Masterplan for Jakarta

In the first week of April 2014, a Dutch delegation headed by the Minister for Infrastructure and the Environment, Melanie Schultz van Haegen, paid an official visit to Indonesia. The programme included the presentation of the National Capital Integrated Coastal Development Masterplan (NCICD). In the past two years, Witteveen+Bos has worked on this plan together with Grontmij and a number of other parties.

The masterplan presents solutions for a number of problems affecting the Indonesian capital Jakarta, including flooding, soil subsidence, an inadequate water supply system and poor water quality. The document combines the proposed solutions with an analysis of the expected economic and social benefits.

Flood protection and urban development

When a public call for tenders was issued in 2012, Witteveen+Bos sought collaboration with other parties. This resulted in a consortium that also includes Grontmij, KuiperCompagnons, Deltares, Ecorys and Triple-A. Our proposal is based on a two-phase approach: flood protection in the short term, and sustainable urban development in the long term. The Dutch government (Partners for Water) decided to award the contract to the aforementioned consortium. The project beneficiary is the Indonesian government.

Groundwater extraction

Every year, part of Jakarta is flooded. February 2014 was no exception: floods left some 300,000 residents homeless and resulted in dozens of casualties. The water flows into the city and simply cannot be drained off quickly enough. Soil subsidence due to groundwater extraction is a major cause of the flooding problems. In some places, the soil subsides by up to 17 cm per year. But subsidence is not the only cause for Jakarta’s water problems. No fewer than thirteen rivers flow from the volcanic hinterland into Jakarta Bay, and growing urbanisation upstream is exacerbating the problem.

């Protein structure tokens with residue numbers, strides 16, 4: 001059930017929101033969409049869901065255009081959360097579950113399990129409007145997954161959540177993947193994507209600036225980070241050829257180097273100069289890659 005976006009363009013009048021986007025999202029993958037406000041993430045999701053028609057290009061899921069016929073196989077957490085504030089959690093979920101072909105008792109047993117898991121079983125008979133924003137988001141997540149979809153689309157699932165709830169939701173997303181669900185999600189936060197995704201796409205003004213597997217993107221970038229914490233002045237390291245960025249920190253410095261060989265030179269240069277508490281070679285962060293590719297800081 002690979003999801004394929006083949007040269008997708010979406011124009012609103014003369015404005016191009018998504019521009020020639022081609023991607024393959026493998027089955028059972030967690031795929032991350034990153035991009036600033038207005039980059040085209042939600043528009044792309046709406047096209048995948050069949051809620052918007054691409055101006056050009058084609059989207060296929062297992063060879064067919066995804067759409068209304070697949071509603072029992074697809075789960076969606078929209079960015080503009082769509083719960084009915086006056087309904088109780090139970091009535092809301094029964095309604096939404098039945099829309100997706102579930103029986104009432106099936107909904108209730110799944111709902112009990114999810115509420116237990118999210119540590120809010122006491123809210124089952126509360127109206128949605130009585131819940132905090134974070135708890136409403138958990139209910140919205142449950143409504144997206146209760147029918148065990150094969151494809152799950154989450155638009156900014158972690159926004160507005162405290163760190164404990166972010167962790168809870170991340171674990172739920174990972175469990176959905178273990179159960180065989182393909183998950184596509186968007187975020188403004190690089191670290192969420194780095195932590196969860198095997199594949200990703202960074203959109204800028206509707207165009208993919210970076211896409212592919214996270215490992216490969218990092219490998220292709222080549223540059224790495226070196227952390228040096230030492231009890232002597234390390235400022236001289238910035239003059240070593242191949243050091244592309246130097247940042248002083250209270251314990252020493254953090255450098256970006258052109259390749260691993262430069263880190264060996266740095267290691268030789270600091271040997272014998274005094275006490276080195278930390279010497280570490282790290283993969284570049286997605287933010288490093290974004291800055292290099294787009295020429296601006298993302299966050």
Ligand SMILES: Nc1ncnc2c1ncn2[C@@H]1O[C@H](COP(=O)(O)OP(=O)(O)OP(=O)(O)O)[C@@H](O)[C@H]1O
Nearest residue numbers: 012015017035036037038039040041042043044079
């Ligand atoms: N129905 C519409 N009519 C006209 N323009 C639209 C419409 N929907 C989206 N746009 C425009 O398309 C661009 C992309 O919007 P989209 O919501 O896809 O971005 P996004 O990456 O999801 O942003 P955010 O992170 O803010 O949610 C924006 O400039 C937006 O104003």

Densely populated metropolis

In 2030, some 80 % of North Jakarta will be located below sea level. The masterplan calls for offshore flood protection measures in Jakarta Bay, the only area that still offers enough room for such measures in this densely populated metropolis. The coast needs to be reinforced as a temporary measure, and a new enclosure dam must be built in the bay. The dam can be financed through simultaneous large-scale land reclamation. Plans calls for a new waterfront shaped like the mythical Garuda bird, the national symbol of Indonesia. Realisation would require massive investment in one of the world’s largest hydraulic engineering projects.


The plan has been carefully assessed for its financial, technical, socio-economic and ecological feasibility. The costs of implementing the various measures are currently estimated at USD 10 to 40 billion. The accelerated construction of urban sewer systems and water treatment plants is a key aspect of the plan. This will prevent the development of a dreaded ‘black lagoon’ of sewage lapping at the city’s waterfront behind the new seawall.

Phased plan

Rapid construction of a complete enclosure dam between the eastern and western end of Jakarta Bay is logistically unfeasible. For instance, supplying enough soil would require more dredging vessels than are currently available in the entire world. The volume of soil needed to construct the western section is comparable to the volume required for the Tweede Maasvlakte land reclamation project near Rotterdam. Many factors will determine if and how this masterplan is to be implemented. Factors like the growth of the Indonesian economy, currently at an annual rate of + 5 to 6 %, or presidential elections. To tackle the problems in phases, a sound plan has been prepared.